Over 60 million Americans have septic tanks. They can save you money on sewer bills, but when they need repairs or replacement, you need to know the signs to look out for.
Has your electric bill shot up without explanation? Are you experiencing a drop in water pressure? If you’re dealing with these issues, there’s a good chance that your septic tank is to blame.
A faulty septic tank can cause all kinds of problems, but replacing a septic tank presents issues of its own.
Before you install a new septic tank, there are a few things you need to know, such as where to install it and how to maintain it properly. Keep reading to learn five important facts about installing a septic tank.
1. Common Items Can Damage Your Tank
If you want your new septic system to last, you need to treat it right; that means keeping certain items far away from the system. Many people damage their septic tanks by flushing items that shouldn’t be flushed.
The most common examples are feminine hygiene products, diapers, and cleaning wipes. Any of those items can clog up a septic system. Cat litter, paint, and coffee grounds can also damage your tank.
2. Install Away From Your Well
Whether you’re replacing a septic tank or installing a new one, tank placement matters. The most important thing is to ensure your tank is far away from any wells on your property.
To avoid contaminating your well water, install your septic tank at least fifty feet away from your well.
3. You May Need Higher Capacity
Many septic tank issues have a simple fix, but if you’ve moved beyond your current tank’s capacity, septic repair won’t help. You’ll need an entirely new septic system that can accommodate your needs.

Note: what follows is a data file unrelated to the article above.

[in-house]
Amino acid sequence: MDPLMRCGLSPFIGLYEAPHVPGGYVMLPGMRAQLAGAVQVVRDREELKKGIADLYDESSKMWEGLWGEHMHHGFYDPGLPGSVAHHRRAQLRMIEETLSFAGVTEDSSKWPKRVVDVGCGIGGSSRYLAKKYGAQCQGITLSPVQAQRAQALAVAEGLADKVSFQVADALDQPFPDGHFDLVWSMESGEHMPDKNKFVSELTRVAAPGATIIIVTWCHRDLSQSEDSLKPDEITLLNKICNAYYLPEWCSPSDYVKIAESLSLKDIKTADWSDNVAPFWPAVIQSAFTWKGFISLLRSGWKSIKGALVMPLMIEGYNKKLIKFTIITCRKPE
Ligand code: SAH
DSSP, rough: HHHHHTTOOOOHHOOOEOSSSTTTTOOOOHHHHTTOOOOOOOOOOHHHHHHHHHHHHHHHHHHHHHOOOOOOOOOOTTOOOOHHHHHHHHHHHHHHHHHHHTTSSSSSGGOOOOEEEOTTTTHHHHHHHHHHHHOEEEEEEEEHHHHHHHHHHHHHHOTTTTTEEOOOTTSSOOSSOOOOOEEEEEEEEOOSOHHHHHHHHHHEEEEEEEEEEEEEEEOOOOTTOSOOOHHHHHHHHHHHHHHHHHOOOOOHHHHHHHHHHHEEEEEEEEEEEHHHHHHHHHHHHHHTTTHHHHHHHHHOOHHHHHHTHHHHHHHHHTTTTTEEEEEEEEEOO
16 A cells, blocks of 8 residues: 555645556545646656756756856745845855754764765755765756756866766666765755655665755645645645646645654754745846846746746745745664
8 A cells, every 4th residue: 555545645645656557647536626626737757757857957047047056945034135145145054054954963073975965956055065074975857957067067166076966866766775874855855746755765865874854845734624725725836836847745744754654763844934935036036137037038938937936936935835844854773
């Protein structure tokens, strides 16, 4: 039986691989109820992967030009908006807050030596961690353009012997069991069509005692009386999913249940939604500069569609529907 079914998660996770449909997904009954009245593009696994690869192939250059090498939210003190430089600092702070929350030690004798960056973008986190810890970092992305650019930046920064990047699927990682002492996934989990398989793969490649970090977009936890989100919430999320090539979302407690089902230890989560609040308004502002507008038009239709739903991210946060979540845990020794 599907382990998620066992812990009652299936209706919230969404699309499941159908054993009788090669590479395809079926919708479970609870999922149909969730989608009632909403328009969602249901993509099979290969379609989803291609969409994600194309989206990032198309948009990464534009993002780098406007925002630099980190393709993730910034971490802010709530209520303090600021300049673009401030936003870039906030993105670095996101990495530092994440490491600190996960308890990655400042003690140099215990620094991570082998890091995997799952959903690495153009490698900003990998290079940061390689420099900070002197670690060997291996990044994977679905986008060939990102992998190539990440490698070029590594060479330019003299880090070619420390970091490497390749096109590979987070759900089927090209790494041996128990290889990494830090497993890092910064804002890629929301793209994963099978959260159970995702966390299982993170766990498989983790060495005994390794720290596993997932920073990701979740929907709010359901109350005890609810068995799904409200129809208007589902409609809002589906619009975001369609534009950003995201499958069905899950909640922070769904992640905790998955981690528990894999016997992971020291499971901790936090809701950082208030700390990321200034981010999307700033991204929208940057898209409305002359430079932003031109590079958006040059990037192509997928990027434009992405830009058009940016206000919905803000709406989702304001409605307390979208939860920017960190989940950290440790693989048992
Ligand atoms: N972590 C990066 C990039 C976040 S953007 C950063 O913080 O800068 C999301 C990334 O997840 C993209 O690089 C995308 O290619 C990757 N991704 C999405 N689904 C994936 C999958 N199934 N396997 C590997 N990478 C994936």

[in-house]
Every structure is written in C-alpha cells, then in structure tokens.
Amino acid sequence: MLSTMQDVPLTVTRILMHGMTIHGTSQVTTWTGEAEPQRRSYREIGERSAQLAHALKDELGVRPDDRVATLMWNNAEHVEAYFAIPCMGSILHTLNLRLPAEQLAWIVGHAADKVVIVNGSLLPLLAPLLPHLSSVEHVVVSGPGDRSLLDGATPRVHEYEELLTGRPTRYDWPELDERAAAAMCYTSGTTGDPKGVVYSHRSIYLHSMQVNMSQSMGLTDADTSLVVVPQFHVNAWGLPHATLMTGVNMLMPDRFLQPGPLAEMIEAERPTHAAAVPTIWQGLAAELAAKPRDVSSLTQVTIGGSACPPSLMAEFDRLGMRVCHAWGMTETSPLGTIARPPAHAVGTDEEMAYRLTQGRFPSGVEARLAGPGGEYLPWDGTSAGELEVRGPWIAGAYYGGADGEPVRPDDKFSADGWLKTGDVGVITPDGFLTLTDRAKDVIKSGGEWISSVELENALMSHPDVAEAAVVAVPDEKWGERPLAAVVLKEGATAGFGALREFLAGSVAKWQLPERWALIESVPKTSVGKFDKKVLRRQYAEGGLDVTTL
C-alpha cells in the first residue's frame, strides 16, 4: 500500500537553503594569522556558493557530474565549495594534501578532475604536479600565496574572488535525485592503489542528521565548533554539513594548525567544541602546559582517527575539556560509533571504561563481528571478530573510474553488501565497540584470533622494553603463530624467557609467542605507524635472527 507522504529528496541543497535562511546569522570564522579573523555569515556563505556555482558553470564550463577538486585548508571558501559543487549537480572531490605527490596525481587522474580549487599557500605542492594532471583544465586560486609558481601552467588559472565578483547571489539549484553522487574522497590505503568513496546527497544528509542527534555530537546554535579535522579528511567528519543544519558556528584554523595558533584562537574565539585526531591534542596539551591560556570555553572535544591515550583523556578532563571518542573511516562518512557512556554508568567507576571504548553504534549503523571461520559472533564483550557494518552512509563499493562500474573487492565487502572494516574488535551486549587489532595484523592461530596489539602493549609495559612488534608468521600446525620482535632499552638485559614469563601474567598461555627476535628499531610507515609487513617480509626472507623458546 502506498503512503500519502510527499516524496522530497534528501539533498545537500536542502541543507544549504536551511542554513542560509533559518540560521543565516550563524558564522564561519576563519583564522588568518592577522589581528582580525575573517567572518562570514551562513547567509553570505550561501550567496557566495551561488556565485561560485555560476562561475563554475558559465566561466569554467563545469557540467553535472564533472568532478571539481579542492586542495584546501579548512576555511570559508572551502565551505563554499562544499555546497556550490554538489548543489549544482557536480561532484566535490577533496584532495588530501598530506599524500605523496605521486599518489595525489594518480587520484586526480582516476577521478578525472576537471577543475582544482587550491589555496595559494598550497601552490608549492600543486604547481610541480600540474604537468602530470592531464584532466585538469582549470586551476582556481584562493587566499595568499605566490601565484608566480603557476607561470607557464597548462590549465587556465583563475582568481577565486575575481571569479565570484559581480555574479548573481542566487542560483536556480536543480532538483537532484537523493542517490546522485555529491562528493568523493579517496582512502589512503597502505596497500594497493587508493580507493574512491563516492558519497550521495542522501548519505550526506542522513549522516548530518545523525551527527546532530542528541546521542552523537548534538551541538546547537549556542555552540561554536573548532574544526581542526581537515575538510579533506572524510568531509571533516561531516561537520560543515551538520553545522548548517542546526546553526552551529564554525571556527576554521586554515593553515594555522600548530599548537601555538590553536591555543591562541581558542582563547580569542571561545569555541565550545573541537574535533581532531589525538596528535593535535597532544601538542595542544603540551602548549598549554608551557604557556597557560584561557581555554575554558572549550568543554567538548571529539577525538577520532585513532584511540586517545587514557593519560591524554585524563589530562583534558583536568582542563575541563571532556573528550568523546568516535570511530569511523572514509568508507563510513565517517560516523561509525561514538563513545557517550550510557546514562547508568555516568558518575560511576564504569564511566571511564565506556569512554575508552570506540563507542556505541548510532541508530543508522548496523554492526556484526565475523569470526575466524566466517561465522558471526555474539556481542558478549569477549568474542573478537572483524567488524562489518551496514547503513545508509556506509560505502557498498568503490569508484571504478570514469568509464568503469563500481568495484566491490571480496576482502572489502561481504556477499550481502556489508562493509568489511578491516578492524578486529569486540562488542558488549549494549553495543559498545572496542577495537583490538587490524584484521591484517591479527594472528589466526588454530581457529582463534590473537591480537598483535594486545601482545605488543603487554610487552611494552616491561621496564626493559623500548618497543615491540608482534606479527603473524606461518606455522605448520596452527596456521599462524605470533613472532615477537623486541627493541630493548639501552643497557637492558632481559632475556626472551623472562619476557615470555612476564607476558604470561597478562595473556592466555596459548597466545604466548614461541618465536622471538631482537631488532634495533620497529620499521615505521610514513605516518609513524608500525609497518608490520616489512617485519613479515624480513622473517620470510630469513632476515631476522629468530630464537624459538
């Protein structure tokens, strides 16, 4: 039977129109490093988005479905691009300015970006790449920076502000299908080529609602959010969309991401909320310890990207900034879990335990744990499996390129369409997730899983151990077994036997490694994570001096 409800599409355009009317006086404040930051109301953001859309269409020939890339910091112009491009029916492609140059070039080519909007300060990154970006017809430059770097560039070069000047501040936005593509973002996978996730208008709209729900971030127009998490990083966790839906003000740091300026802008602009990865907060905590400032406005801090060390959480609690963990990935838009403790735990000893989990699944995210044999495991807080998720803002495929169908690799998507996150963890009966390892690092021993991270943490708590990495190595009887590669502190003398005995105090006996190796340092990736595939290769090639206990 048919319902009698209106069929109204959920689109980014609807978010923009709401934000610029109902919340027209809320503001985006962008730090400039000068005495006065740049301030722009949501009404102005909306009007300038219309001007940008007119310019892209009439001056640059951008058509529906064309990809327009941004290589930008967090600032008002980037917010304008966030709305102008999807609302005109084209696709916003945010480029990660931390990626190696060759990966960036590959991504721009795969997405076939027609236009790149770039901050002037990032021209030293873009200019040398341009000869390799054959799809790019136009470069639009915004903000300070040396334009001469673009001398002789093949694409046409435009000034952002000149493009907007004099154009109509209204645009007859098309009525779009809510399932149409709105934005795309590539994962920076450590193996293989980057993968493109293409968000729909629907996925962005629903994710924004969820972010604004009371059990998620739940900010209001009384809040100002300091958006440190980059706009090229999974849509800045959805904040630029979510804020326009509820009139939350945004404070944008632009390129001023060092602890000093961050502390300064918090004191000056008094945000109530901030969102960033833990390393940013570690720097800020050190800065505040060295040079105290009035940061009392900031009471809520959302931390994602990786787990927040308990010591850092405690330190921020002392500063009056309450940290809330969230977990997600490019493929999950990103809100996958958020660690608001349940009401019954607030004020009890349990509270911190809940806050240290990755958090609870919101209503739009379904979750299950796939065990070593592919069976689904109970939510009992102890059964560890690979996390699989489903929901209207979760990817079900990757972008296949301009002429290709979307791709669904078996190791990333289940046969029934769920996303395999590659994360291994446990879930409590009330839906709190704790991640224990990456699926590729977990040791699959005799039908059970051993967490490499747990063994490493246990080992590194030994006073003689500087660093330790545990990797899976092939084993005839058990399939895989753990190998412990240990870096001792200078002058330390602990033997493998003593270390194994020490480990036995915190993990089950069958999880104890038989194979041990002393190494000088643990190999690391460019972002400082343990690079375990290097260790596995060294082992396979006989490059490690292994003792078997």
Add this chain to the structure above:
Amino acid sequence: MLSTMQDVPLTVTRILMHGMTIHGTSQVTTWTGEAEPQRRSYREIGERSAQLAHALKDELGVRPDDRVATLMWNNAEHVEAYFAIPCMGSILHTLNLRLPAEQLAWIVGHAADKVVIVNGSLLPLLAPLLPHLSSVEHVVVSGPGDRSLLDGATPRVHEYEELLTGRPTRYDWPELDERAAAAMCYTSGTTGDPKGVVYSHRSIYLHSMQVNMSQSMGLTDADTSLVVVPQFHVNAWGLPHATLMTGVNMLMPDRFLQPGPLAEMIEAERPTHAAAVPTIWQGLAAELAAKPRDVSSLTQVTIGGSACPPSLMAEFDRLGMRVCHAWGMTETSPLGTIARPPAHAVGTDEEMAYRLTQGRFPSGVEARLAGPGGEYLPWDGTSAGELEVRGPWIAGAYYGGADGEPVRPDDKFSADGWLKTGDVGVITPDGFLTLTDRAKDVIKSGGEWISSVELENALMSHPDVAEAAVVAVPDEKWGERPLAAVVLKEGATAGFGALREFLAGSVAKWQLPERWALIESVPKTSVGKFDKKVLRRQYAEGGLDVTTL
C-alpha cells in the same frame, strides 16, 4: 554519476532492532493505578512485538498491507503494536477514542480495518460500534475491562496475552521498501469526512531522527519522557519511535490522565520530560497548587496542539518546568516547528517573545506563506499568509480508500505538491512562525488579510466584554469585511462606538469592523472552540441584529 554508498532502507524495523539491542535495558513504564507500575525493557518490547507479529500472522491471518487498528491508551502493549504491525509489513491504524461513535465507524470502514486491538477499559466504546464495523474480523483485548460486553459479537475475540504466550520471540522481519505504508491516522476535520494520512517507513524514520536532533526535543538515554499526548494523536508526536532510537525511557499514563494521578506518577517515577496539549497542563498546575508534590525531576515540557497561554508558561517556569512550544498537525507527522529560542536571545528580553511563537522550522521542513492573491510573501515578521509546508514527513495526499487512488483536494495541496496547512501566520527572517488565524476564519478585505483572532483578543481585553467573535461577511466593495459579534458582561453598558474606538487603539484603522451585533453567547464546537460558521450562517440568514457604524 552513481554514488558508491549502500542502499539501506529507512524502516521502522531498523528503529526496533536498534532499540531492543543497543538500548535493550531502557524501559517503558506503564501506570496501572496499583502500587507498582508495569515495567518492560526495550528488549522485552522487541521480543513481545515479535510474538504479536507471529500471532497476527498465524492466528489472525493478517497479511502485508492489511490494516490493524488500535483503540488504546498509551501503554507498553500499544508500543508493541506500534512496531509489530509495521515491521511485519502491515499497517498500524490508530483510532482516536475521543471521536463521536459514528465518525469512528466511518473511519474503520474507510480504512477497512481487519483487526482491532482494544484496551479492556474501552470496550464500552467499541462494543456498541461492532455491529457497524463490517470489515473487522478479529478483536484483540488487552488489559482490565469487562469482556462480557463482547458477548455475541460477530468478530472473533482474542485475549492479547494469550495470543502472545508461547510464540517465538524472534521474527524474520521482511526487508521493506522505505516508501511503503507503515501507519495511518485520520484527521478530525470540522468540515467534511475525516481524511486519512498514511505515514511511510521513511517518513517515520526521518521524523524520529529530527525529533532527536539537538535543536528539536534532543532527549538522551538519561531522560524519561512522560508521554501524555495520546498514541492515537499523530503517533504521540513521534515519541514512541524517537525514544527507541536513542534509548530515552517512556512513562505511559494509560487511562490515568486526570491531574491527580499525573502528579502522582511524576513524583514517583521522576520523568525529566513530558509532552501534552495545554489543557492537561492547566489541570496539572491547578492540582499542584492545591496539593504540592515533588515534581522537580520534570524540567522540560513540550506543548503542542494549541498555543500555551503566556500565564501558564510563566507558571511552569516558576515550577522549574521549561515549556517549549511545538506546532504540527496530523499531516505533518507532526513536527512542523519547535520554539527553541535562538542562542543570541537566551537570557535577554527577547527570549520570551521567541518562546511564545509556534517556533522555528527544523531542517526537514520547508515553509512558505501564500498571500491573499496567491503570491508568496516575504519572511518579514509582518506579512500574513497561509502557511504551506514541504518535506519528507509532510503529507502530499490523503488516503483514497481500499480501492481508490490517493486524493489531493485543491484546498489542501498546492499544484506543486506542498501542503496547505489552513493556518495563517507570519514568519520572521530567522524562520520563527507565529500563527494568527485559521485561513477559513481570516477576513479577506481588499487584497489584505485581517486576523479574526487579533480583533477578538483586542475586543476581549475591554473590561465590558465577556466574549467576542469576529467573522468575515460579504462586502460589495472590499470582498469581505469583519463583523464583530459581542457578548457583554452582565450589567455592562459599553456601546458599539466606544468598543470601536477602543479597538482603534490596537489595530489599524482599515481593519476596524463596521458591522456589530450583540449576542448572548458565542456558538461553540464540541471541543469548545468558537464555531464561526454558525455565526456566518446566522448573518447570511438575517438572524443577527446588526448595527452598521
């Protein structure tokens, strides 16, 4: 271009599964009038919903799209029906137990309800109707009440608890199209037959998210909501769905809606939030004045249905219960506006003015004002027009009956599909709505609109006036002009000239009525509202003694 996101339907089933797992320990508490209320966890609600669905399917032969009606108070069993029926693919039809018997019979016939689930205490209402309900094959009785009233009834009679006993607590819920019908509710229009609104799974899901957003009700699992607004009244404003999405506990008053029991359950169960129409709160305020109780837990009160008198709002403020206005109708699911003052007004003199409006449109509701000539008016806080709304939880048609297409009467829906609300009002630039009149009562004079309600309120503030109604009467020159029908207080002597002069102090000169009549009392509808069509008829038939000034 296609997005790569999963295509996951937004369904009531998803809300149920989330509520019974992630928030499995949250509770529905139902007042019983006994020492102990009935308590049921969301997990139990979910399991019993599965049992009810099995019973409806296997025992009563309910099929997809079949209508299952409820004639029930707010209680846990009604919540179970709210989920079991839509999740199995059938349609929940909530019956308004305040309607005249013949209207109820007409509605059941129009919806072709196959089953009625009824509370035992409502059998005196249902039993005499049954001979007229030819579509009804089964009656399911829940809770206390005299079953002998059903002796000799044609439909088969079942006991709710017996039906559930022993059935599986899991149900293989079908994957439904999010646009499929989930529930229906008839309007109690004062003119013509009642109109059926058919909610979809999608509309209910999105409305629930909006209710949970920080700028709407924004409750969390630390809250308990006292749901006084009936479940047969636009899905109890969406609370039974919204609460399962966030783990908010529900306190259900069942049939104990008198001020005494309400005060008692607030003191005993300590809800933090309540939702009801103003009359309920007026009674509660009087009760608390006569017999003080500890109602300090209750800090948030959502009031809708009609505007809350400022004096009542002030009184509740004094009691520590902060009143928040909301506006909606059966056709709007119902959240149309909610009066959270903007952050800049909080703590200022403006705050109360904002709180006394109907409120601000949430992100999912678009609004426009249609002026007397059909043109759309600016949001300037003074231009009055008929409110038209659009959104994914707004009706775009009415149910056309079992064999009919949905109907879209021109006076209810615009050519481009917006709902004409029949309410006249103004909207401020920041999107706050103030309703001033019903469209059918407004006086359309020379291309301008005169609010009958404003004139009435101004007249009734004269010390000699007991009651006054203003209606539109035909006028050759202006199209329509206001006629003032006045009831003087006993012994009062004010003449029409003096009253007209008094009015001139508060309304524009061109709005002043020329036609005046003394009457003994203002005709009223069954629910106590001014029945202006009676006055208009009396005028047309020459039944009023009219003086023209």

Several factors can contribute to your home needing a larger tank. Expanding or renovating your home could raise your water needs; so could the addition of an extra roommate or family member.
4. Plants Can Cause Damage
In addition to keeping your septic tank far from your well, you should also isolate it from any trees or shrubs on your property. Plant roots can cause serious damage to your pipes or even the tank itself.
Keeping your septic tank’s drain field far from trees with thirsty roots will help you save money on septic tank maintenance down the road.
5. Perform Regular Maintenance
On the topic of septic tank maintenance, make sure to do it often. Schedule regular septic cleaning and repair; you should have your septic tank pumped by a professional every two or three years.
If you’re not sure who to trust with your maintenance needs, don’t worry–a simple Google search of “septic pumping near me” will help you find reputable professionals to service your tank.
Replacing a Septic Tank Just Got Easier
Replacing a septic tank is a big undertaking; the more you understand the process, the smoother your installation will be. Just follow the advice above and you’re sure to have a simple, painless septic tank installation.
Now that your septic tank issues are taken care of, what’s your next project? If you’re looking for more home improvement ideas, visit our home and garden blog, where you can find how-to guides, DIY tips, and more!